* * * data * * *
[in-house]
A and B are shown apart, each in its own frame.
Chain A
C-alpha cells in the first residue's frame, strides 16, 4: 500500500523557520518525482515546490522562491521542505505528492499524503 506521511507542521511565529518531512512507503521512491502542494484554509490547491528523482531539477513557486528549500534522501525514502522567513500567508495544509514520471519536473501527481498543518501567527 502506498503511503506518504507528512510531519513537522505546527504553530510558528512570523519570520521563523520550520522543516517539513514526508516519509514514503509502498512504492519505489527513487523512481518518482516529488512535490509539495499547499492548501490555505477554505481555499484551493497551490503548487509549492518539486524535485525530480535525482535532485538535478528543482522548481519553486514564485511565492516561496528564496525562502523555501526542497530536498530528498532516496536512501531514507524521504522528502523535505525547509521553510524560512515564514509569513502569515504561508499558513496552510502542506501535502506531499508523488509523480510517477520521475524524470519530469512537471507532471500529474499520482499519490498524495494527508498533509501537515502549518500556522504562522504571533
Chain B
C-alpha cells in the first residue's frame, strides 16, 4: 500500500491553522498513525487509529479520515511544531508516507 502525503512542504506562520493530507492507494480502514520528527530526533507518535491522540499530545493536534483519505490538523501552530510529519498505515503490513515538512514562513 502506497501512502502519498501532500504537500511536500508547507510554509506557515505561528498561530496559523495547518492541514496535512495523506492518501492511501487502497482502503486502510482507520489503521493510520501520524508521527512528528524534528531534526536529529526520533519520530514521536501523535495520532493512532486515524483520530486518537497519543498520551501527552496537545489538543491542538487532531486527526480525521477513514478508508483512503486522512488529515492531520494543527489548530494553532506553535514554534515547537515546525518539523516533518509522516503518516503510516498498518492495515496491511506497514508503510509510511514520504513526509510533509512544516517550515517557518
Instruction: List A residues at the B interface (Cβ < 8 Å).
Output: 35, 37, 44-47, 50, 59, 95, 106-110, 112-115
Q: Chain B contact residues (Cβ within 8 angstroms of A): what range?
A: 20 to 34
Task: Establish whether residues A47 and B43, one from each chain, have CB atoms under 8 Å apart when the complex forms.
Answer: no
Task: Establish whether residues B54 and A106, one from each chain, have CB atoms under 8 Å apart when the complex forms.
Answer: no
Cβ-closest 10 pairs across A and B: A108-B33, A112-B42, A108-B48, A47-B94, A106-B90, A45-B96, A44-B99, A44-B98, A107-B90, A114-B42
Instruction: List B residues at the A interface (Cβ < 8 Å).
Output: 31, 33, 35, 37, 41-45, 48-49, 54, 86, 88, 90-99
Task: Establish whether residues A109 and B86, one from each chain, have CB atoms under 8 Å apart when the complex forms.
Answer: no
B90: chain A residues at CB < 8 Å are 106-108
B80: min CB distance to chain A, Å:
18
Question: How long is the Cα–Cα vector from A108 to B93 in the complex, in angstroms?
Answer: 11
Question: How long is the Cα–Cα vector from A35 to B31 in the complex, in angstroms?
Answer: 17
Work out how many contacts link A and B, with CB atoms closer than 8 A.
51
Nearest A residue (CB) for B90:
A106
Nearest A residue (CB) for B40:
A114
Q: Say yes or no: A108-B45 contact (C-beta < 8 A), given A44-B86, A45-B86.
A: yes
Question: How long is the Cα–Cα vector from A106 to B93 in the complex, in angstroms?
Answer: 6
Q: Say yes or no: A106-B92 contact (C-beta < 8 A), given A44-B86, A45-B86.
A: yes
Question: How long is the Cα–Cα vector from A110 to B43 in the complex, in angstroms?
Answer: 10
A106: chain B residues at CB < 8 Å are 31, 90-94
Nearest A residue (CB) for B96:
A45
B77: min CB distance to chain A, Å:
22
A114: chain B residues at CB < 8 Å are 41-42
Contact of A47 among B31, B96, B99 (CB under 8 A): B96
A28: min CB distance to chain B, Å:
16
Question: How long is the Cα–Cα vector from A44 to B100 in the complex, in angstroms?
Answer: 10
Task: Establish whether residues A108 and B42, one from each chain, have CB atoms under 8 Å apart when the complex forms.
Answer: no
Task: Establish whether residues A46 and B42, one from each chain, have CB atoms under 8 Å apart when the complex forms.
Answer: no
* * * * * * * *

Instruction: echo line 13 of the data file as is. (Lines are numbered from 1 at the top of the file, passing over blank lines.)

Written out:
Task: Establish whether residues B54 and A106, one from each chain, have CB atoms under 8 Å apart when the complex forms.